The Scottish Parliament’s Economy, Energy and Fair Work Committee has an ongoing inquiry on the impact of COVID-19 on Scotland’s economy, including businesses and workers.

Staf welcomes the opportunity to respond to the Economy, Energy and Fair Work Committee’s call for evidence on youth employment. We believe that this is an issue that requires immediate action, particularly for care leavers who face additional barriers to employment. As such, our response focuses on the steps we can take now to tackle youth unemployment amongst care leavers.

Staf has an established Care Leavers Into Employment Focus Group, made up of representatives from local authority leaving care and employability teams; public sector skills agencies; and third sector providers of employability services. The discussions at these meetings over a number of years have directly informed the recommendations in this response. We are also grateful to Staf member Who Cares? Scotland who contributed to this response, including providing valuable information on the impact of Covid-19.

Read our response here

Below you will find a summary of our recommendations to the Commitee: 

Recommendation 1: A national ‘Family Firm’ approach, coordinating and driving new activity across Corporate Parents to provide employability support and job opportunities for care-experienced young people. This should be part of the Job Guarantee Scheme.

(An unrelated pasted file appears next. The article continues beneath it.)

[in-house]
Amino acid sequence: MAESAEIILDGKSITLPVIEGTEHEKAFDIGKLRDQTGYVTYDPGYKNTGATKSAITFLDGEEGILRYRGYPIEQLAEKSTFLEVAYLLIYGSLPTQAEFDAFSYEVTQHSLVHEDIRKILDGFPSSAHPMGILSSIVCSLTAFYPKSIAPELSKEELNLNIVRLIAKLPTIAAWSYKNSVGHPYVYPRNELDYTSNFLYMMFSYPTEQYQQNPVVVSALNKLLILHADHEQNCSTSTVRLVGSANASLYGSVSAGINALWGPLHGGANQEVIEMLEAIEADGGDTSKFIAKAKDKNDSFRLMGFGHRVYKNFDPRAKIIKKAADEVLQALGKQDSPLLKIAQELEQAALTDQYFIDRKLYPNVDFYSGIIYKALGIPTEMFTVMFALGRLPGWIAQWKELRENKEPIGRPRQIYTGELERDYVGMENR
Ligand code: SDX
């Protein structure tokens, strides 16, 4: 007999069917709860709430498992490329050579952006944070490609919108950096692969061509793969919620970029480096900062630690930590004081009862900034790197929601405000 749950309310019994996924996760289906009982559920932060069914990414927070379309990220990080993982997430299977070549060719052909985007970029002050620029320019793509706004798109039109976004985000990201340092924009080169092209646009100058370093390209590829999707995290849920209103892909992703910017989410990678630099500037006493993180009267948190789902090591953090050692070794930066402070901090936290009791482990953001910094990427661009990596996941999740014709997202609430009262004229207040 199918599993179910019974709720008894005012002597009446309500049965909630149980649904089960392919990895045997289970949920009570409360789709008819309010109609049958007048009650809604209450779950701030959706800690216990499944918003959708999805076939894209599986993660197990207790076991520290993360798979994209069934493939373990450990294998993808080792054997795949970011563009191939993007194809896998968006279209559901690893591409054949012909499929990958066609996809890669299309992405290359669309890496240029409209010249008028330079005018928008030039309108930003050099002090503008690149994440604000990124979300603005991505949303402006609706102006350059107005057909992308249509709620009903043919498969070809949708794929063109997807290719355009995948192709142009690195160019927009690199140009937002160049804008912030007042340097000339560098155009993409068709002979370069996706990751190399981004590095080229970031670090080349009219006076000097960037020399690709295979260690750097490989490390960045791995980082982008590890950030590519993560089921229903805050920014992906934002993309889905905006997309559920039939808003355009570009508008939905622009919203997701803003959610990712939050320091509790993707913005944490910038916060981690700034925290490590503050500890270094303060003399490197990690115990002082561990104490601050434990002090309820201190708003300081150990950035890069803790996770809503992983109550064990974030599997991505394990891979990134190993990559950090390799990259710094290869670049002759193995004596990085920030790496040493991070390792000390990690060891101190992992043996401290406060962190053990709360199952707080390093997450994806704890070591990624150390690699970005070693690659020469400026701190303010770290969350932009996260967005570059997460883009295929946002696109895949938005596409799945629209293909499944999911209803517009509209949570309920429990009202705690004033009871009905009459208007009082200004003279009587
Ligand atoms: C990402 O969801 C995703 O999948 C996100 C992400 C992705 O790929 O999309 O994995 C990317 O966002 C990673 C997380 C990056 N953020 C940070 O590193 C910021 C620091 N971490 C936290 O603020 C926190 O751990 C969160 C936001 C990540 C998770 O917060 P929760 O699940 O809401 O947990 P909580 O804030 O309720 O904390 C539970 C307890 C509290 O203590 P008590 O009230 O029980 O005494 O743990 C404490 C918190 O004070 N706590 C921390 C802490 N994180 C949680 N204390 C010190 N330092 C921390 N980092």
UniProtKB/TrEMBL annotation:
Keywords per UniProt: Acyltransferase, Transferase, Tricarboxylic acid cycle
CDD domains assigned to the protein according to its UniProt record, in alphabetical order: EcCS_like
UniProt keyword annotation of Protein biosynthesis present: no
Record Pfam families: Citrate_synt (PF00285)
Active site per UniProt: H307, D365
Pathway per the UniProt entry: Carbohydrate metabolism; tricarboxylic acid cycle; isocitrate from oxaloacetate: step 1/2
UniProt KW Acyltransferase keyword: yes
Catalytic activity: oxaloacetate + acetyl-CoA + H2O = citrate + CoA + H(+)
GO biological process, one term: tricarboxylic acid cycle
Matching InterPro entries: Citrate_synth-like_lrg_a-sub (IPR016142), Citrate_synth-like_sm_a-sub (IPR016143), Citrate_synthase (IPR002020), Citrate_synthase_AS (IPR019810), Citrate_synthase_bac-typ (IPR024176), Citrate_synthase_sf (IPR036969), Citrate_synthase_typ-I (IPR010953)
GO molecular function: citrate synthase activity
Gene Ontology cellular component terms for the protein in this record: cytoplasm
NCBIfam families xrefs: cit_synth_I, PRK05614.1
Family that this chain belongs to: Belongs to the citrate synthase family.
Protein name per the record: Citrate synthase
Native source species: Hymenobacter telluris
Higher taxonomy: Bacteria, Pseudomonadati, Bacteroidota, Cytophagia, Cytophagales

Recommendation 2: The creation of a bespoke Scottish Government Care Leaver Internship Scheme, which leads to longer-term employment opportunities, as soon as possible.

Recommendation 3: The Scottish Government and its agencies to create a guaranteed interview scheme for care-experienced young people.

Recommendation 4: A national Corporate Parenting approach should form part of delivering a Scottish Guarantee, as recommended by the Advisory Group on Economic Recovery.

Recommendation 5: The Scottish Government’s economic recovery plan, particularly its efforts to promote youth employment, should be ‘care proofed’ and there should be an assumption of entitlement in favour of care leavers.

Recommendation 6: The national outcomes and measurement framework for employability in Scotland should include soft outcomes.

Recommendation 7: Relationships, and the time and space to develop them, should be the foundation of any employability schemes.

Recommendation 8: The national ‘Family Firm’ approach should consider the use of community benefit requirements in public sector procurement to increase opportunities for care-experienced young people.

Recommendation 9: Apprenticeship equalities programmes should continue to incentivise and support employers and training providers to take on care-experienced apprentices.

Recommendation 10: Implement the Job Start payment as a matter of urgency.

Recommendation 11: As recommended by CELCIS, Corporate Parents should set out the action they are taking to improve digital exclusion for the care-experienced young people they support and the Scottish Government should consider extending the Connecting Scotland scheme.

Recommendation 12: Where possible, employability funding and programmes should be longer term